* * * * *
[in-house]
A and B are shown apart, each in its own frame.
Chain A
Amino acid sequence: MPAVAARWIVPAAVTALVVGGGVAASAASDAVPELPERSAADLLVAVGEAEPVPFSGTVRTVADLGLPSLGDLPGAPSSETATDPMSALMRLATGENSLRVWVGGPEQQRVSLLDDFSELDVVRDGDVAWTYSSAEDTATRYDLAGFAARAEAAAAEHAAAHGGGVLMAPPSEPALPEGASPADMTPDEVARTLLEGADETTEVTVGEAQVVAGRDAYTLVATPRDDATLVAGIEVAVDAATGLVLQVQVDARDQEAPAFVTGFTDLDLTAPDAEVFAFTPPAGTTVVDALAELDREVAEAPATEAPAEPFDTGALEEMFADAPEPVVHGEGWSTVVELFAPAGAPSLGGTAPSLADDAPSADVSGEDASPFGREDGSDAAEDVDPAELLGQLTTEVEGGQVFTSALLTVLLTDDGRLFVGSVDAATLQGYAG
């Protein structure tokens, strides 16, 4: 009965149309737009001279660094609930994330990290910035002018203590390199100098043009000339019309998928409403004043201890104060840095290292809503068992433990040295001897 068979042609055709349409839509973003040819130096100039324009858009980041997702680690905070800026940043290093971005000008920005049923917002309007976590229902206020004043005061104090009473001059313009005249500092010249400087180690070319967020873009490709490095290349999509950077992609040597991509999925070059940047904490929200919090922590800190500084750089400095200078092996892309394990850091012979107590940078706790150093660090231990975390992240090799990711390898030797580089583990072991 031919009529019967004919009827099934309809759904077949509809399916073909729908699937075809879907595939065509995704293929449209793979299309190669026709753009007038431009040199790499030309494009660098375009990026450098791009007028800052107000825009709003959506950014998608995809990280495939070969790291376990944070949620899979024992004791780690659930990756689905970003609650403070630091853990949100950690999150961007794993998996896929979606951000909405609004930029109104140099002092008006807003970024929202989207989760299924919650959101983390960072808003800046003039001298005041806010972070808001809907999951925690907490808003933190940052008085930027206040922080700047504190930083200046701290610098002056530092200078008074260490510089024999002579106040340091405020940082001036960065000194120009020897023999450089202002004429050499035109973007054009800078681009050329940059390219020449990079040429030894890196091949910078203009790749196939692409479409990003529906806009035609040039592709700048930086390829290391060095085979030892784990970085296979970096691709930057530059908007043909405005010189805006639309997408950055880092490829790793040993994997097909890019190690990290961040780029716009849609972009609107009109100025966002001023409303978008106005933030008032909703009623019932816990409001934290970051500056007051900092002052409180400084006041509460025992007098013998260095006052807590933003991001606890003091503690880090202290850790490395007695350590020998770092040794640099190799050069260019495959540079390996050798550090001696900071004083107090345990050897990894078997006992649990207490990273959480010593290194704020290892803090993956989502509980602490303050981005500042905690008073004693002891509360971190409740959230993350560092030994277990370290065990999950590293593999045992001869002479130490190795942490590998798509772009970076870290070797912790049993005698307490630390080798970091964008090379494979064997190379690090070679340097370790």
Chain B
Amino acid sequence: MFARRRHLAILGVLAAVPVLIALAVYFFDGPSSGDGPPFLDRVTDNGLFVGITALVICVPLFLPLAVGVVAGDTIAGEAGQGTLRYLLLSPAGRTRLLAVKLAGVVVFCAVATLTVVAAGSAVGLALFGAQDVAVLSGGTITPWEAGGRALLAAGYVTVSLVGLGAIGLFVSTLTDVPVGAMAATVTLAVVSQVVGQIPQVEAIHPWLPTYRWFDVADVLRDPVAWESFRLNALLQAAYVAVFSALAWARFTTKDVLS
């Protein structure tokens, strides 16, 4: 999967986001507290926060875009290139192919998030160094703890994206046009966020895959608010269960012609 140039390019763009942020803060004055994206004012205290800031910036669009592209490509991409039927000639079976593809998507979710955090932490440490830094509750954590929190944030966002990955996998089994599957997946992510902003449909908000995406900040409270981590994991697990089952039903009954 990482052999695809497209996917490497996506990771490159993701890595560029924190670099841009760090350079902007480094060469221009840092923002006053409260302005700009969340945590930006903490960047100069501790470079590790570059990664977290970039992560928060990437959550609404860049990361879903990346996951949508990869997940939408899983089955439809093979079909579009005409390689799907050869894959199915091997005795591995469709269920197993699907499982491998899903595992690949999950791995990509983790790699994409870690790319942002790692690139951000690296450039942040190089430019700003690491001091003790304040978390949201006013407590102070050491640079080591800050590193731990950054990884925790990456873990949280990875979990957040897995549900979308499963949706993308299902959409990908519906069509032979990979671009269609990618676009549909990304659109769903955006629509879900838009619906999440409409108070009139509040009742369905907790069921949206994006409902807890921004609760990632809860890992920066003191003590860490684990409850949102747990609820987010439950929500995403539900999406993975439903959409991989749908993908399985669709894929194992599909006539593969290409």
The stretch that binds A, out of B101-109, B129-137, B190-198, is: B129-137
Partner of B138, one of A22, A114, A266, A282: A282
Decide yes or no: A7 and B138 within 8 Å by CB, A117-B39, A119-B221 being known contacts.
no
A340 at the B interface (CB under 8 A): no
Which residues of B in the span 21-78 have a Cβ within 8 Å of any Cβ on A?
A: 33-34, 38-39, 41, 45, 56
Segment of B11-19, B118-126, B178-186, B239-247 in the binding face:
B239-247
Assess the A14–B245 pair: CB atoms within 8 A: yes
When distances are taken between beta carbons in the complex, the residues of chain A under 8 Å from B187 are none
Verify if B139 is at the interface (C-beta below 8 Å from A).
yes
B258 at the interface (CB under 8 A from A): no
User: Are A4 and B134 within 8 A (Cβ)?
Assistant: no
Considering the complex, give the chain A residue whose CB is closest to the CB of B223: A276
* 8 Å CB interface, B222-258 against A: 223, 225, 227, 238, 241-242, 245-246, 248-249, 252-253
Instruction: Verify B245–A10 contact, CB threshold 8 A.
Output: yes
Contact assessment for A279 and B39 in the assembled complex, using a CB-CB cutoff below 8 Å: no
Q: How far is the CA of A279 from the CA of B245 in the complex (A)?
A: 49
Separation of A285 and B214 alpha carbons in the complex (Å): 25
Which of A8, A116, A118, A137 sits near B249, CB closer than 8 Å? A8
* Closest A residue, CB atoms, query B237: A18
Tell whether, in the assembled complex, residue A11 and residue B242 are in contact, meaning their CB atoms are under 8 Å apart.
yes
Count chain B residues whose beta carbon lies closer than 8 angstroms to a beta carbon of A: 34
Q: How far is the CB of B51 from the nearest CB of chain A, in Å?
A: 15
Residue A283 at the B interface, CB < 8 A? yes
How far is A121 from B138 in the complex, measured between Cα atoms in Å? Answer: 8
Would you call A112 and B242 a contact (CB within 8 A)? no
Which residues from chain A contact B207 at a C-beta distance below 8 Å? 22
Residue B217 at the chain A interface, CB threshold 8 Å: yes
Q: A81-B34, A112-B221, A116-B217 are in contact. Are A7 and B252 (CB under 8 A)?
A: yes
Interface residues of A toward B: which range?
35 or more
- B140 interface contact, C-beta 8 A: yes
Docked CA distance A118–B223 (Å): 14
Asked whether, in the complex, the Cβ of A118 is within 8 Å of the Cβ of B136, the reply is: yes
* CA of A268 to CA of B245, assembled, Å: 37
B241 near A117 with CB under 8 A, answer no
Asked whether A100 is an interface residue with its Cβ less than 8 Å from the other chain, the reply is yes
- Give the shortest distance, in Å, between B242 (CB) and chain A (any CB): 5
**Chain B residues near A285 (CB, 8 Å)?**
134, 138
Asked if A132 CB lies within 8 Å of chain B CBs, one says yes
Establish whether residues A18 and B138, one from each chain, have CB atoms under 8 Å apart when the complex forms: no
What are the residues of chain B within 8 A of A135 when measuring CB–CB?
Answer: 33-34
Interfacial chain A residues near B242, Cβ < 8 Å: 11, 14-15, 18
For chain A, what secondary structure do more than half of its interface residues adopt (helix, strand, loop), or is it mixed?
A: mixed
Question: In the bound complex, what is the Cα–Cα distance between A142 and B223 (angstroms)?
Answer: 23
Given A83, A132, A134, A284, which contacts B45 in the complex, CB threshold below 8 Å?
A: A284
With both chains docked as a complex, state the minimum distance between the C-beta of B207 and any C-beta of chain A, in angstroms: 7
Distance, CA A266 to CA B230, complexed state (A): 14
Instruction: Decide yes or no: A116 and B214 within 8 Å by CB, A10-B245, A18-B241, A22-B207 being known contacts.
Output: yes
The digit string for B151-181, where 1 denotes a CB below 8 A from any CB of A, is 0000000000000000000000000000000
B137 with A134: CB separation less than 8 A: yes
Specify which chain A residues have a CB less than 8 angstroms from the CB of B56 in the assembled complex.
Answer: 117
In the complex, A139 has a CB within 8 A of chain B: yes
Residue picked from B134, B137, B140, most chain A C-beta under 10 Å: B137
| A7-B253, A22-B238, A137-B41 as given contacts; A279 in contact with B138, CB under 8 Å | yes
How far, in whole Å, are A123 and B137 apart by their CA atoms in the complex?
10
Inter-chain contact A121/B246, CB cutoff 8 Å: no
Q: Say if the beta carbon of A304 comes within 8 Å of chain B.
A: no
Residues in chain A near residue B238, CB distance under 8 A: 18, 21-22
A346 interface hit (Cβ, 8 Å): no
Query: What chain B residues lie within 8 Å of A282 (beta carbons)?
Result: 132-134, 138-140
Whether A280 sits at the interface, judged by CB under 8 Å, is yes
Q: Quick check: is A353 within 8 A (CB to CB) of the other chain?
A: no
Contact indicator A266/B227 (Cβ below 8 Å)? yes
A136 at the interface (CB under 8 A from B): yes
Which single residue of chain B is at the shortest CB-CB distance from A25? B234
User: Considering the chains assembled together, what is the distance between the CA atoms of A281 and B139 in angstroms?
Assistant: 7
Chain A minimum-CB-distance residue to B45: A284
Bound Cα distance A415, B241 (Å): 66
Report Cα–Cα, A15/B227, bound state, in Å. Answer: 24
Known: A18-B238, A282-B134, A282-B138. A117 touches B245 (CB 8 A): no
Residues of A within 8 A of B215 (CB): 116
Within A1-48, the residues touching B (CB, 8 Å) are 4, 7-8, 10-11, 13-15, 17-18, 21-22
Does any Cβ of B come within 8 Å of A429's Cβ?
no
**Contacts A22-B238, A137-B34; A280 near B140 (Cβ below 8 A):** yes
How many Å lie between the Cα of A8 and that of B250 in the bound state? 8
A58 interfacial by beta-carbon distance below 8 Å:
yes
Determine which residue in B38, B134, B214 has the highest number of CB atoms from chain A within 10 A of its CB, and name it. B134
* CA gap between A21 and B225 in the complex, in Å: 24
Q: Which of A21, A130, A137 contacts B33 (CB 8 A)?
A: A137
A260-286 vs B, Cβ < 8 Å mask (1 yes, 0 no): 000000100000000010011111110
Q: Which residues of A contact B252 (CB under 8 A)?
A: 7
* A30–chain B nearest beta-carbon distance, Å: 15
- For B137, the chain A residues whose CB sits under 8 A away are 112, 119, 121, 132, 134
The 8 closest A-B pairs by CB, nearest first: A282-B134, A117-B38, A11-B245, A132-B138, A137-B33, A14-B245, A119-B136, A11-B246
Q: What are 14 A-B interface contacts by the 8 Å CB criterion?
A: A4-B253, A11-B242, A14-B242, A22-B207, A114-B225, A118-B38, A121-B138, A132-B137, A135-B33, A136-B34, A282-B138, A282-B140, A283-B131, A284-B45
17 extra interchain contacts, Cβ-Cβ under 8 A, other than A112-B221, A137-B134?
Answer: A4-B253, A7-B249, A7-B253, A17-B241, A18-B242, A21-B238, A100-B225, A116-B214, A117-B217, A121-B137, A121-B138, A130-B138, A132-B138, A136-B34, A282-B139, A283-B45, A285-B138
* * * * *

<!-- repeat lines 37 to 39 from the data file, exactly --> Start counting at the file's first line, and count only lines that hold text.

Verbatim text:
Count chain B residues whose beta carbon lies closer than 8 angstroms to a beta carbon of A: 34
Q: How far is the CB of B51 from the nearest CB of chain A, in Å?
A: 15